Index ExchangeThis is an ad network. (Privacy Policy)
    SovrnThis is an ad network. (Privacy Policy)
    Facebook AdsThis is an ad network. (Privacy Policy)
    Amazon Unified Ad MarketplaceThis is an ad network. (Privacy Policy)
    AppNexusThis is an ad network. (Privacy Policy)
    OpenxThis is an ad network. (Privacy Policy)
    Rubicon ProjectThis is an ad network. (Privacy Policy)
    TripleLiftThis is an ad network. (Privacy Policy)
    Say MediaWe partner with Say Media to deliver ad campaigns on our sites. (Privacy Policy)
    Remarketing PixelsWe may use remarketing pixels from advertising networks such as Google AdWords, Bing Ads, and Facebook in order to advertise the HubPages Service to people that have visited our sites.
    Conversion Tracking PixelsWe may use conversion tracking pixels from advertising networks such as Google AdWords, Bing Ads, and Facebook in order to identify when an advertisement has successfully resulted in the desired action, such as signing up for the HubPages Service or publishing an article on the HubPages Service.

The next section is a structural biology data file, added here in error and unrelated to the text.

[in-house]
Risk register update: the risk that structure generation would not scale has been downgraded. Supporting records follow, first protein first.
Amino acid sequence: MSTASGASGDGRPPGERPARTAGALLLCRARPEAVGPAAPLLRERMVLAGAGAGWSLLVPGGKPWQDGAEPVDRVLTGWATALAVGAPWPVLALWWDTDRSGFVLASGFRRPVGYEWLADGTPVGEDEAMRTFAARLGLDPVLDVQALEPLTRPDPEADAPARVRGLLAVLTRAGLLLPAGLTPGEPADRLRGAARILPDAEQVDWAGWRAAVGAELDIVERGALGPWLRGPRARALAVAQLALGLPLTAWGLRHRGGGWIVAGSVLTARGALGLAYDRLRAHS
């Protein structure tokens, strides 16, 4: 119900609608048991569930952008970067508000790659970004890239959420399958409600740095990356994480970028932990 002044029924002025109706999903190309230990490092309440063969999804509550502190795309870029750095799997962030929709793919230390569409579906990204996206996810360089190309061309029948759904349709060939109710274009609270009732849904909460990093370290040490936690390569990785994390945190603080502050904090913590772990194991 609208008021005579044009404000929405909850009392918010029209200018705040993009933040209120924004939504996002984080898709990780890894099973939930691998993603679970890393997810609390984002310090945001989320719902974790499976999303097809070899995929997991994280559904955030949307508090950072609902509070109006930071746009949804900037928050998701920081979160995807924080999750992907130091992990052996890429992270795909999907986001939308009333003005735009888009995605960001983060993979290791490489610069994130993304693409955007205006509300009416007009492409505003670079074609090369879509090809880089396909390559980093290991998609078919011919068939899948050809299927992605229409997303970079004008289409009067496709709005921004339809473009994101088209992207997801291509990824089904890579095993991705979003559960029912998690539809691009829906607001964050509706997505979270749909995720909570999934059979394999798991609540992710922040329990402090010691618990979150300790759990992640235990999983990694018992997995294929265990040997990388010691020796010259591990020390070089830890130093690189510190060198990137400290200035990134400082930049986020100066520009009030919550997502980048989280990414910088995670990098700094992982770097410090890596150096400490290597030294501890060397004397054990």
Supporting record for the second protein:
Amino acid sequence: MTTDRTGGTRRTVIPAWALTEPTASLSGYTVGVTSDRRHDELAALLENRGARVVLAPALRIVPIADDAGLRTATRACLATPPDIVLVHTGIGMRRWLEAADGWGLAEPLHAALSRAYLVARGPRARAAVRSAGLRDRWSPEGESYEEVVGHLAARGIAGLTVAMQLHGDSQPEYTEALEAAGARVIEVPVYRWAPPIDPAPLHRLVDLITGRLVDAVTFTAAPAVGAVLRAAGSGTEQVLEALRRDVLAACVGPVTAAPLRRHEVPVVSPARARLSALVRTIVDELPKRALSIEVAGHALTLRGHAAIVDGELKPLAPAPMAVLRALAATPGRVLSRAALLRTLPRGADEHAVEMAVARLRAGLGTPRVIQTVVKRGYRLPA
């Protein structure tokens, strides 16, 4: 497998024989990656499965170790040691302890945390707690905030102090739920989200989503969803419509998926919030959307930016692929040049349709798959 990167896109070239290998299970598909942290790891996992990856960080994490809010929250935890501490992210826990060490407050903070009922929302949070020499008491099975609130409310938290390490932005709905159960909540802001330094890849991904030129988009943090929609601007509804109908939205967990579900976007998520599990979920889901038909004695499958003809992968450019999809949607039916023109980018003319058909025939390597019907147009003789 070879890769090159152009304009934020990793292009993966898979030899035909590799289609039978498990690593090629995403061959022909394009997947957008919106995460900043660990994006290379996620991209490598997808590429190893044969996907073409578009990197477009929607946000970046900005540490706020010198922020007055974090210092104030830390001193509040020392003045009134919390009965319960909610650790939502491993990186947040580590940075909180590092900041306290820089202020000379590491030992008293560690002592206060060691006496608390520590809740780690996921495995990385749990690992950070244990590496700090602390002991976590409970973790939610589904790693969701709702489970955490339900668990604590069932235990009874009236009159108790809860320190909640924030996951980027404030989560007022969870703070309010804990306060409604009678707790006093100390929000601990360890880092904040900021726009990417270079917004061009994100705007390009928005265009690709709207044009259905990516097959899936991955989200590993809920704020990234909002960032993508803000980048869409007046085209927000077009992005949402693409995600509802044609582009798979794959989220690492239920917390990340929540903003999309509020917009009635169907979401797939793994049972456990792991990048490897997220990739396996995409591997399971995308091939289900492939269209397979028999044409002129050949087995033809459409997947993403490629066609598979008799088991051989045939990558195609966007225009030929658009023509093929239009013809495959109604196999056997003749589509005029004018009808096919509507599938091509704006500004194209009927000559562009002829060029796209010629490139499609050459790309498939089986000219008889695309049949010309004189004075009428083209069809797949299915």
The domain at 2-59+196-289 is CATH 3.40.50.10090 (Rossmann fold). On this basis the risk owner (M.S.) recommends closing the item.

Author Google AnalyticsThis is used to provide traffic data and reports to the authors of articles on the HubPages Service. (Privacy Policy)
    ComscoreComScore is a media measurement and analytics company providing marketing data and analytics to enterprises, media and advertising agencies, and publishers. Non-consent will result in ComScore only processing obfuscated personal data. (Privacy Policy)
    Amazon Tracking PixelSome articles display amazon products as part of the Amazon Affiliate program, this pixel provides traffic statistics for those products (Privacy Policy)
    ClickscoThis is a data management platform studying reader behavior (Privacy Policy)